Panel Session PS525: Operative Standards and Intraoperative Decision Making: Thyroid Cancer will take place from 10:00 to 10:55 am CT. The session will build on recent publications by the ACS Cancer Care Standards Development Committee on operative standards for thyroidectomy. Presenters will review the most recent updates in imaging and surgical approaches and discuss the current controversies in patient care, including observation versus lobectomy versus total thyroidectomy for early-stage thyroid cancer, as well as the indications and decision-making for lymphadenectomy. The session will be moderated by Tracy S. Wang, MD, FACS, and co-moderated by Amy Y. Chen, MD, MPH, FACS.

Catch the CoC Oncology Lecture at 1:00–1:55 pm CT. ACS Cancer Programs Medical Director Heidi Nelson, MD, FACS, will introduce lecturer Lisa A. Newman, MD, MPH, FACS, from Weill‐Cornell Medicine in New York.Dr. Newman is a surgical oncologist with a practice dedicated to breast cancer management. Her primary research has focused on race/ethnicity-related variation in breast cancer risk and outcome, the evaluation and management of high-risk patients, broadened applications for neoadjuvant chemotherapy, and special surgical techniques such as the skin-sparing mastectomy and lymphatic mapping/sentinel lymph node biopsy. Dr. Newman’s extensive research related to disparities in breast cancer risk and outcome has been published in numerous peer-reviewed medical journals and was featured in CNN’s documentary “Black in America 2.”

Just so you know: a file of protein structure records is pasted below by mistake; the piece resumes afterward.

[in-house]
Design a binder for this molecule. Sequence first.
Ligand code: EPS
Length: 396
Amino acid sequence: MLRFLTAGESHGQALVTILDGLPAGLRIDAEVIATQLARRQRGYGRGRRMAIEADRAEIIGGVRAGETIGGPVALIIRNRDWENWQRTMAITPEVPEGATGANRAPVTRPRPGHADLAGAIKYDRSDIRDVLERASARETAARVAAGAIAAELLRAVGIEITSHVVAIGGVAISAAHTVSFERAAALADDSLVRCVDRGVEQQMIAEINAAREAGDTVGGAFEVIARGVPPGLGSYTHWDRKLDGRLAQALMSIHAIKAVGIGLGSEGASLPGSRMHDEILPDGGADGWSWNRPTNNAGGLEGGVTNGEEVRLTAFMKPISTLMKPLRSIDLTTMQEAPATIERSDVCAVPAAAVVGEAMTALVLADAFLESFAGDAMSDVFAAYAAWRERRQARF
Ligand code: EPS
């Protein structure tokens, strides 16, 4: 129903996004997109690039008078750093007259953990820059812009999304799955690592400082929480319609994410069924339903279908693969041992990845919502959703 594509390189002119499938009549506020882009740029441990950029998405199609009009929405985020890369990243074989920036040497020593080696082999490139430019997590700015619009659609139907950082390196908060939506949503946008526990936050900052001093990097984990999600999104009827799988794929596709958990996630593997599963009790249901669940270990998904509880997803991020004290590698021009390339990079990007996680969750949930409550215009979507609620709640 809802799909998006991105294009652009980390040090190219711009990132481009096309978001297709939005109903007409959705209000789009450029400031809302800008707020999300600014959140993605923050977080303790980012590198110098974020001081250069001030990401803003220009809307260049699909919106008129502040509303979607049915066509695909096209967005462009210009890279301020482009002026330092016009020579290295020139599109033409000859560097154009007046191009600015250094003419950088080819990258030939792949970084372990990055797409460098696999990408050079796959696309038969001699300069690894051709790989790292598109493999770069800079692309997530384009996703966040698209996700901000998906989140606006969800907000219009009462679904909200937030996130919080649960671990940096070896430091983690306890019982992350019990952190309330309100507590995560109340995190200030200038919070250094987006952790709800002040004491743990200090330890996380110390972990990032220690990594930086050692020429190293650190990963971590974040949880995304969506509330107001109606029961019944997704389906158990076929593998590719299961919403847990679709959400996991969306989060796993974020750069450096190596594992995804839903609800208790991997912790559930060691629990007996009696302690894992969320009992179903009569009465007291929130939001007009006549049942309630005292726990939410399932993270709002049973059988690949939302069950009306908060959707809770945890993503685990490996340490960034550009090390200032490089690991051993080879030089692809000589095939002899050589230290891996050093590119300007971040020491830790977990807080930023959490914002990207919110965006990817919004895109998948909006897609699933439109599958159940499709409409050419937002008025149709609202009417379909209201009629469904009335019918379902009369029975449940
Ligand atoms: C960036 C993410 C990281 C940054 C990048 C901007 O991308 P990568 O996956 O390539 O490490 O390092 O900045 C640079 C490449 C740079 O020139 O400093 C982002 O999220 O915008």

Finally, there is Panel Session PS563: Ten Hot Topics in Surgical Oncology from 2:00 to 2:55 pm CT. Moderated by John H. Stewart IV, MD, FACS, this panel addresses 10 of the most current and controversial issues in surgical oncology.